The 2008 financial crisis opened the door for a bold, progressive social movement. But despite widespread revulsion at economic inequity and political opportunism, after the crash very little has changed. Has the Left failed? What agenda should progressives pursue? And what alternatives do they dare to imagine? Left Turn, published by Melbourne University Press in 2012 and co-edited with Jeff Sparrow, is aimed at the many Australians disillusioned with the political process. It includes passionate and challenging contributions by a diverse range of writers, thinkers and politicians, from Larissa Berendht and Christos Tsiolkas to Guy Rundle and Lee Rhiannon. These essays offer perspectives largely excluded from the mainstream. They offer possibilities for resistance and for a renewed struggle for change.
The Blogging Revolution, released by Melbourne University Press in 2008, is a colourful and revelatory account of bloggers around the globe why live and write under repressive regimes - many of them risking their lives in doing so. Antony Loewenstein's travels take him to private parties in Iran and Egypt, internet cafes in Saudi Arabia and Damascus, to the homes of Cuban dissidents and into newspaper offices in Beijing, where he discovers the ways in which the internet is threatening the ruld of governments. Through first-hand investigations, he reveals the complicity of Western multinationals in assisting the restriction of information in these countries and how bloggers are leading the charge for change. The blogging revolution is a superb examination about the nature of repression in the twenty-first century and the power of brave individuals to overcome it. It was released in an updated edition in 2011, post the Arab revolutions, and an updated Indian print version in 2011.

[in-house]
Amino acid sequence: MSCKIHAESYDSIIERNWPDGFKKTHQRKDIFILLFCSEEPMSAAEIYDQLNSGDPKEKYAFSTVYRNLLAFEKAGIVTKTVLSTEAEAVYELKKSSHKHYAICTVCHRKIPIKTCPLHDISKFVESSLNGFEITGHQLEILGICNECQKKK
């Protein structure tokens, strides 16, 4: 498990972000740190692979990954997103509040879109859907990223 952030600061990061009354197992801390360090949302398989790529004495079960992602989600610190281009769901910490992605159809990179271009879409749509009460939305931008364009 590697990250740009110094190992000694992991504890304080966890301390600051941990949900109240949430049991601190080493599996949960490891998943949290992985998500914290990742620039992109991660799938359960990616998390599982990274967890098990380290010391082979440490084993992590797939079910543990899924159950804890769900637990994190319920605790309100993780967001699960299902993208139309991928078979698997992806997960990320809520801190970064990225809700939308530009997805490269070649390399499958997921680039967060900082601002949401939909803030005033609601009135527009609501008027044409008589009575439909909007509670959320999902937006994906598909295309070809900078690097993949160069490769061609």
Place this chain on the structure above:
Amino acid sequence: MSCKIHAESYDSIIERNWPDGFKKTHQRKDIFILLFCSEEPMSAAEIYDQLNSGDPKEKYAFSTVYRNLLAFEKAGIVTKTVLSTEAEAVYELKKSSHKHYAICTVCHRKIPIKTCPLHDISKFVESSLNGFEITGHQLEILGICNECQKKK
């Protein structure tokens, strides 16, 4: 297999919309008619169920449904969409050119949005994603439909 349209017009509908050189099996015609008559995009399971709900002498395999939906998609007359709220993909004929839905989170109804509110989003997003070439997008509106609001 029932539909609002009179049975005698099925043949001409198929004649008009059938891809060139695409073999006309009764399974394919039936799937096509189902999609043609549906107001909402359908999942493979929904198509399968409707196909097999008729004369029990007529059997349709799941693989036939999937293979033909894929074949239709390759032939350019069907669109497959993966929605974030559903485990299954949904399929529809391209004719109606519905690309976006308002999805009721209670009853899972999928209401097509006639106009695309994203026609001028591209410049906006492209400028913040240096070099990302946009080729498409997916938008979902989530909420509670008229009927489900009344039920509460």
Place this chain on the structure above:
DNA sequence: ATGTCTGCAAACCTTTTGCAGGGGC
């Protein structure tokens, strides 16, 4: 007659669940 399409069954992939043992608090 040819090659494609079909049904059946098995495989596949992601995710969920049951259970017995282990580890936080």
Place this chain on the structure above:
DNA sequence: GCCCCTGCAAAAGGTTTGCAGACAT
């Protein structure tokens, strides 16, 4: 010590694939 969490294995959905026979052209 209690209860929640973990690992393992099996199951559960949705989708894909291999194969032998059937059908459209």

The best-selling book on the Israel/Palestine conflict, My Israel Question - on Jewish identity, the Zionist lobby, reporting from Palestine and future Middle East directions - was released by Melbourne University Press in 2006. A new, updated edition was released in 2007 (and reprinted again in 2008). The book was short-listed for the 2007 NSW Premier's Literary Award. Another fully updated, third edition was published in 2009. It was released in all e-book formats in 2011. An updated and translated edition was published in Arabic in 2012.

Online Journalism Blog on The Blogging Revolution

Online Journalism Blog is one of the world’s leading spaces for discussing new media and citizen journalism. One of its key players, Paul Bradshaw, who lectures in the UK, has written the following piece about my book, The Blogging Revolution:

From the Baghdad Blogger to Twittering the Chinese Earthquake, plenty has been written about the potential of blogs to allow Western readers access to foreign voices: the ‘Parachute Journalism’ of ‘Our Man in Tehran’ is appearing increasingly anachronistic and paternalistic next to the experiences and thoughts of those caught in the crossfire.

Despite this, mainstream media portrayals of countries like Iran, Syria, Egypt, Saudi Arabia, Cuba and China remains largely superficial.

This is the problem that Antony Loewenstein seeks to address with The Blogging Revolution (Amazon US) – a book which is as much about bloggers as it is a demonstration of what blogging has made possible.

Through contacts made in the blogosphere, Antony visits each of the six countries named above in turn, speaking to local bloggers, ex pat bloggers, and experts, in an attempt to reveal a richer, more detailed picture of living under one party rule.

In this he is largely successful, and in the Afterword you get a key insight into why:

“I never viewed my interview subjects as merely a journalistic project; rather, they represented an opportunity to develop ongoing relationships with people who could continually broaden my knowledge of the Middle East, China and Cuba.”

Rarely is the difference between career journalism and blogging so well illustrated.